While indoor spaces and facilities are of great importance when leasing a property, another important consideration is the availability of parking for a property. For that reason, parking clauses are common clauses in commercial leases. The pandemic has shifted parking needs substantially; Many offices need less space for employees now working from home, and retailers need more close space for curbside pick-up. These shifts have had an impact on drafting and negotiating commercial leases. Whether leasing office space or retail space, landlords must carefully review parking clauses in Texas commercial leases.
Convenient and plentiful parking has been an important asset for office spaces, one that has been important to negotiation. Traditionally, parking spaces for office rental are oversold, meaning that there may be more tenants than available spaces. The assumption is that all the spaces will not be needed by all tenants at the same time. Recent shifts in work habits have upended assumptions about available parking since many employees continue to work from home. Whether or not those currently empty parking spaces will be filled as people return to offices is still undetermined. The revenue from one-off parking and contract parking may be significantly less than the past. Landlords must determine how to address these changes in order to defray costs and must update parking clauses to reflect the changes. While landlords of office space must decide how to deal with decreased parking demand, landlords of retail space face the opposite problem.
Similar to office space, parking spaces for retail properties are usually one of the negotiating points for potential tenants. When the retail space is planned, parking ratios are determined based on the anticipated types of businesses for a location. Parking ratios for retail space are higher than those for office space since retail developments accommodate the parking needs of different uses of the facility. Municipalities may also require enough parking to meet the needs of diverse types of businesses such as restaurants, movie theaters, and gyms, including cross-parking and cross-access rights to help customers move easily from one part of a retail facility to another.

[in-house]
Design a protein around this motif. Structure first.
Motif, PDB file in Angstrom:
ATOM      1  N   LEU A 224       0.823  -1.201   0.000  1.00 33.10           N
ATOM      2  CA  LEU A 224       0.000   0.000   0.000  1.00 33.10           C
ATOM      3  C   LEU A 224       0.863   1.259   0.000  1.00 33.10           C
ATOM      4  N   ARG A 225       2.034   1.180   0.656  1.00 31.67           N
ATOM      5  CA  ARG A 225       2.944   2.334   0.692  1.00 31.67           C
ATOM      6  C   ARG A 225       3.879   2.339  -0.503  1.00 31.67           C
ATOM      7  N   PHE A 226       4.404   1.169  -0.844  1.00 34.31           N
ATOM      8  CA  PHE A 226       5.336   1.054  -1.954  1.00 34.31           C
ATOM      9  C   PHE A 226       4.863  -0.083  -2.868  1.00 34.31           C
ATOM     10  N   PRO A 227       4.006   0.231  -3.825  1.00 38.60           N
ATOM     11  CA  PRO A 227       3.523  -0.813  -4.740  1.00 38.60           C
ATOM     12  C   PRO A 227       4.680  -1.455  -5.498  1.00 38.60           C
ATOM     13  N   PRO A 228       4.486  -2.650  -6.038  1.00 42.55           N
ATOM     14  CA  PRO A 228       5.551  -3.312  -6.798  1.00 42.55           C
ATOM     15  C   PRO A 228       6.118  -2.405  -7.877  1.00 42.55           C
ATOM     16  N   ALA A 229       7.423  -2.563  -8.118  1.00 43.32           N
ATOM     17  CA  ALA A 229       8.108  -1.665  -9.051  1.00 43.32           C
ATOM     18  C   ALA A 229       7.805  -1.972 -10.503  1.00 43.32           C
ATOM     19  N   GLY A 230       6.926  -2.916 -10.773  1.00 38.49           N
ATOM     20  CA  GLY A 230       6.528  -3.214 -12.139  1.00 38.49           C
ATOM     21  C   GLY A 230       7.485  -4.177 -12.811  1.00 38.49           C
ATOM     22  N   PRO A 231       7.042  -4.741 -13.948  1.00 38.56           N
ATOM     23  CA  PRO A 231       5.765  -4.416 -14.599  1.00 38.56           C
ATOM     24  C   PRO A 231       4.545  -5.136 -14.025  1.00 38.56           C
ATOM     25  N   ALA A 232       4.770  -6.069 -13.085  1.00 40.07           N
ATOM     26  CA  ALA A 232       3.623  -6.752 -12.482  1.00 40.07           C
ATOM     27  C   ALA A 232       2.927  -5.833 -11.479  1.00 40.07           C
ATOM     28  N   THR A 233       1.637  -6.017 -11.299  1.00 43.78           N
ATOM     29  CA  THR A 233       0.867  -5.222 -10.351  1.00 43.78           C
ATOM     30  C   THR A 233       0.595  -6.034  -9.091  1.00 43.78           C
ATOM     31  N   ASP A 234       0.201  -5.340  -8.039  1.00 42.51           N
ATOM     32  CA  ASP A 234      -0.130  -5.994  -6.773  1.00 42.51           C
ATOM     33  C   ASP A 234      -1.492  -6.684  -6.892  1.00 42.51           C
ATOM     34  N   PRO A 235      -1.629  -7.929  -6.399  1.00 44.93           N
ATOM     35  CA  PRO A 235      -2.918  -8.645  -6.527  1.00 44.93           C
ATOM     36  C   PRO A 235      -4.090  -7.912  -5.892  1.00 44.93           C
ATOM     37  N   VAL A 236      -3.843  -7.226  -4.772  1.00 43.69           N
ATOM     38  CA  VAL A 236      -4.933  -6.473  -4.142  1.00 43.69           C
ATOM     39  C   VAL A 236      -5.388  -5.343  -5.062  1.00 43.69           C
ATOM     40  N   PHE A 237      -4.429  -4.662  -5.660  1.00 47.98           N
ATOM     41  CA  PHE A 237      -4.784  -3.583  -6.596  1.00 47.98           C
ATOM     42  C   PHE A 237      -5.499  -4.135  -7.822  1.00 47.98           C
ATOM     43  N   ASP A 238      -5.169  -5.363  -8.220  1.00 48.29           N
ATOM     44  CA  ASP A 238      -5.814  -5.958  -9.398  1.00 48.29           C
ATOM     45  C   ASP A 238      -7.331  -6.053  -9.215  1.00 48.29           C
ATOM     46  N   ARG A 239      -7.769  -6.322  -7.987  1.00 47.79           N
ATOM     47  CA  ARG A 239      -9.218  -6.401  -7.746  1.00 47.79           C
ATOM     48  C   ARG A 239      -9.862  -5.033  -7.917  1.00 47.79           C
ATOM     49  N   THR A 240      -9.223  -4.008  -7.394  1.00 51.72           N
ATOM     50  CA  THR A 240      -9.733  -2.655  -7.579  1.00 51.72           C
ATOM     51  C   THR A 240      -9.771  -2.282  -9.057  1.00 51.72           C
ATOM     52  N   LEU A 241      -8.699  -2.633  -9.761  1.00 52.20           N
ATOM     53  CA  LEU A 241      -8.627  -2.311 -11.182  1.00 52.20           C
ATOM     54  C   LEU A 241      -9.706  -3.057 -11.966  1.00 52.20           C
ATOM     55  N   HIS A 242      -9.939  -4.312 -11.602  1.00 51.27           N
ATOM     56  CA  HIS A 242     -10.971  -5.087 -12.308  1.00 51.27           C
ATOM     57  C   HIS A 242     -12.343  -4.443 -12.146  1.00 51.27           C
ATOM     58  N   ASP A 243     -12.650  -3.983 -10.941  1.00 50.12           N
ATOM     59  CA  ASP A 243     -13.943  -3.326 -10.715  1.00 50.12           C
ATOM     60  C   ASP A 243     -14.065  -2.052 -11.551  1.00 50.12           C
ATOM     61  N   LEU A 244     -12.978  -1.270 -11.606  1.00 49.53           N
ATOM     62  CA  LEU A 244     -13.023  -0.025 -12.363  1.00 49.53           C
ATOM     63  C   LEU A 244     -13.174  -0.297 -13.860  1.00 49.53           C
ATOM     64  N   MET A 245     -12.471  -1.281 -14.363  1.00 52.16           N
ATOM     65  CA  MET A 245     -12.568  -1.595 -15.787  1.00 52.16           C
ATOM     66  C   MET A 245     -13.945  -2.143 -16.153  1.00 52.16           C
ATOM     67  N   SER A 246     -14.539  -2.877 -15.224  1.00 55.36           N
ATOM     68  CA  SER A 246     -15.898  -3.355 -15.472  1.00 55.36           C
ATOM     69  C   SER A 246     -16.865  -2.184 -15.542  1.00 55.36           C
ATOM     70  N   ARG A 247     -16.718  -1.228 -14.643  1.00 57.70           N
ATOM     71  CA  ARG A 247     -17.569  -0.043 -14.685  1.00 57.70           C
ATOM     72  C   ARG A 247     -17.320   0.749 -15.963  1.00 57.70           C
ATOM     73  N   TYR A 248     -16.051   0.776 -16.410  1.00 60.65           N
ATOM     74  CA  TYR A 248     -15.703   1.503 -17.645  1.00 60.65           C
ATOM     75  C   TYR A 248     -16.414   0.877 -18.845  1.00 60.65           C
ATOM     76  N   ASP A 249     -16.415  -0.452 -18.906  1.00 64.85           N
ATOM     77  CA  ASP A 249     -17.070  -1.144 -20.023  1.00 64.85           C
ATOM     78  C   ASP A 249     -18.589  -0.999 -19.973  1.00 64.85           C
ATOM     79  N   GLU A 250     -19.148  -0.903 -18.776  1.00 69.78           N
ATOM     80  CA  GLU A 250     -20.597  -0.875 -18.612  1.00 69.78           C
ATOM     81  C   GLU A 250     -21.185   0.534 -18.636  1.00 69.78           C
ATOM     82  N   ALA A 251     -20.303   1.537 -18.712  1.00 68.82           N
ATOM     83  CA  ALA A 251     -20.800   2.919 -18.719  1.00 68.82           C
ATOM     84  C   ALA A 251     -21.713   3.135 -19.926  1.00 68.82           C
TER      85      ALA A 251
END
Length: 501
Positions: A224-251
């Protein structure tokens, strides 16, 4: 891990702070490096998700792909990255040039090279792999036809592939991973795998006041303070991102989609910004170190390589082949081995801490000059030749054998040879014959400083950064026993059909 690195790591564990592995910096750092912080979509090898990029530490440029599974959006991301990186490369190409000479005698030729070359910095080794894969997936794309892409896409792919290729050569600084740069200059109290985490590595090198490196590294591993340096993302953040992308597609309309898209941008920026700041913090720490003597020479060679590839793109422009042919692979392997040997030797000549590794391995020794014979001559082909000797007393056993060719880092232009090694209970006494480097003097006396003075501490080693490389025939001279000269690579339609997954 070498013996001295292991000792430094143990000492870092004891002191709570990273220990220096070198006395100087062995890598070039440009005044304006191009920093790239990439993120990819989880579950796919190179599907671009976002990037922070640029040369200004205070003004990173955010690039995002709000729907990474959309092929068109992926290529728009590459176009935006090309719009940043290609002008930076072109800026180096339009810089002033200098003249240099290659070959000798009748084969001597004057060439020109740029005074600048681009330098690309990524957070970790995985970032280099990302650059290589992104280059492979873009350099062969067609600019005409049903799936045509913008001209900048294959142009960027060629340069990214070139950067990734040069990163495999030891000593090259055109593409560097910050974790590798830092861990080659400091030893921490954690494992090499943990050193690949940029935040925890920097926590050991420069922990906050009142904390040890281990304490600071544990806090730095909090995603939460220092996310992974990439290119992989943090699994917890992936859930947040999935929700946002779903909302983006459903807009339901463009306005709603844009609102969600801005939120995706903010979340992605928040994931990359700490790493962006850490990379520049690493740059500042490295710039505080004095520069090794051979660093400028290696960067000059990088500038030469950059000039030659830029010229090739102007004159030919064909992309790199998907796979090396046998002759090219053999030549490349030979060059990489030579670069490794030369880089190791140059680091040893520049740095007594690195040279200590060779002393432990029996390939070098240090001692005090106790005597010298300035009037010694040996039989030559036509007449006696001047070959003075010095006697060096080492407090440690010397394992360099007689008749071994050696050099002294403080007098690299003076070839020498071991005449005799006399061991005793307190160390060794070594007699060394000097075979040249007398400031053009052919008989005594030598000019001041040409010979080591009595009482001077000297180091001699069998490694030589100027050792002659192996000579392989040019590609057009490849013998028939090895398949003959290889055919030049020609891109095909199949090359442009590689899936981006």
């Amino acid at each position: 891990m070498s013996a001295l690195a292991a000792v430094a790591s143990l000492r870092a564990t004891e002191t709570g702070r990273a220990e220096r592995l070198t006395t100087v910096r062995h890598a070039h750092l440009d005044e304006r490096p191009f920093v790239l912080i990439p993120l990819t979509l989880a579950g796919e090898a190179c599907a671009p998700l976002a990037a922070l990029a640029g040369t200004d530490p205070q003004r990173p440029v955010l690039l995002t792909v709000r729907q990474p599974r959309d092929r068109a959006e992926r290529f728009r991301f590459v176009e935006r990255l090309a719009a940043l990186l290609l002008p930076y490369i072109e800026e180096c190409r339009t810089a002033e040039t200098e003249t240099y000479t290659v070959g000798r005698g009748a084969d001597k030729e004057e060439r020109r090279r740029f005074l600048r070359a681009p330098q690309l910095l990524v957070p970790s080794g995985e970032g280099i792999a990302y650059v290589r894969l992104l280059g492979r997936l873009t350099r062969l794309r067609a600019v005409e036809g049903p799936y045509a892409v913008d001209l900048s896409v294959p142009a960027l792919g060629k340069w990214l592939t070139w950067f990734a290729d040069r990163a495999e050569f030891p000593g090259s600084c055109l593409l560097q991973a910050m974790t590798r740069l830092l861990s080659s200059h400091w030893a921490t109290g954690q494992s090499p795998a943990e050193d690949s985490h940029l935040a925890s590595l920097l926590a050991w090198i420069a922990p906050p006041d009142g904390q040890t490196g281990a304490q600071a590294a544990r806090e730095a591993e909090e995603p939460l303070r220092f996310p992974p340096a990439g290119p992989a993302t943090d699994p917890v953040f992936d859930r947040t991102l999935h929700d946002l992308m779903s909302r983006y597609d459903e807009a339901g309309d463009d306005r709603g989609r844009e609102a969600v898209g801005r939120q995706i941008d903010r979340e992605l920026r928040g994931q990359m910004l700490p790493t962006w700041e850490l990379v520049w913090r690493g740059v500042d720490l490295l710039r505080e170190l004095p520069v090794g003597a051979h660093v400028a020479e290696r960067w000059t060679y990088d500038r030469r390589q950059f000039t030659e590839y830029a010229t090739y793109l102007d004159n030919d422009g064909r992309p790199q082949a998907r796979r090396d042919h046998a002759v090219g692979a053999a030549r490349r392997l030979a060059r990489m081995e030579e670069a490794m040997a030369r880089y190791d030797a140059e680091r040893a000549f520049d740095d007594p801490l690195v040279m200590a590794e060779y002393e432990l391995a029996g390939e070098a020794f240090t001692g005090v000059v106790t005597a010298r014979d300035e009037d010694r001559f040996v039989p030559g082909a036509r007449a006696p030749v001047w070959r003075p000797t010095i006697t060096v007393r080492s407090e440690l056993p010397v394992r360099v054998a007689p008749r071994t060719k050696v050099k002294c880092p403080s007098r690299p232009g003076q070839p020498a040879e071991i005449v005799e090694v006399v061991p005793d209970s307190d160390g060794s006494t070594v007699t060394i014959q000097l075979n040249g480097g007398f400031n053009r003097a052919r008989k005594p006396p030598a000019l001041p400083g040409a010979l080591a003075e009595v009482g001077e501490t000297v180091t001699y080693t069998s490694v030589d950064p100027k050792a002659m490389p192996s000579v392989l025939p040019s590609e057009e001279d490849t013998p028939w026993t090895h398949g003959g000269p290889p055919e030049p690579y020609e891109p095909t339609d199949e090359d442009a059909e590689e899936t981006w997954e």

Given the variety of businesses in a retail property, landlords may struggle to accommodate tenants’ parking requests and expectations. For example, some tenants may not want to be near movie theaters or gyms because parking spaces of those establishments are occupied for relatively long periods of time compared to other businesses. Nearby tenants often are concerned that their customers will have difficulty finding a convenient parking place, which could be detrimental to business.
Landlords have the challenge of balancing the needs of the entire retail development with individual retailer’s requests for convenient parking spots. Of more recent concern has been the need for curbside pick-up and to-go spots convenient to businesses. These spots have been common for restaurants, but during the pandemic more retail stores have a need for these spaces. The landlord must be careful to review all information about parking ratios and exclusive vs. non-exclusive parking before agreeing to requests for designated parking spaces.
When landlords experience a shortage of parking, they may lose tenants. Adding more surface parking is a good long-term, low-maintenance solution, assuming the property has the additional space. If not, off-site parking is an option, with landlords arranging a shuttle service from an outside location to the retail development. Yet another solution is to incorporate a valet parking system. While such a system does accommodate a larger number of vehicles, customers may find it inconvenient and costly. The landlord must also hire a third-party company to park cars. Both valet parking and off-site parking are particularly good options if extra parking is needed only occasionally, during the Christmas season, for example.
Another way to address parking shortages is to add vertical parking in the form of a parking garage. The obvious downside is the cost, which tenants will likely not want to pay for. In addition, such construction is a disruption to businesses. Charging for garage parking may defray some of the costs but will not come close to covering construction costs.
As the last two years have shown, anticipating parking needs for office and retail space is not always easy. Working with an experienced real estate lawyer helps to ensure that parking clauses do not leave a landlord with unexpected expenses or create business issues for tenants.
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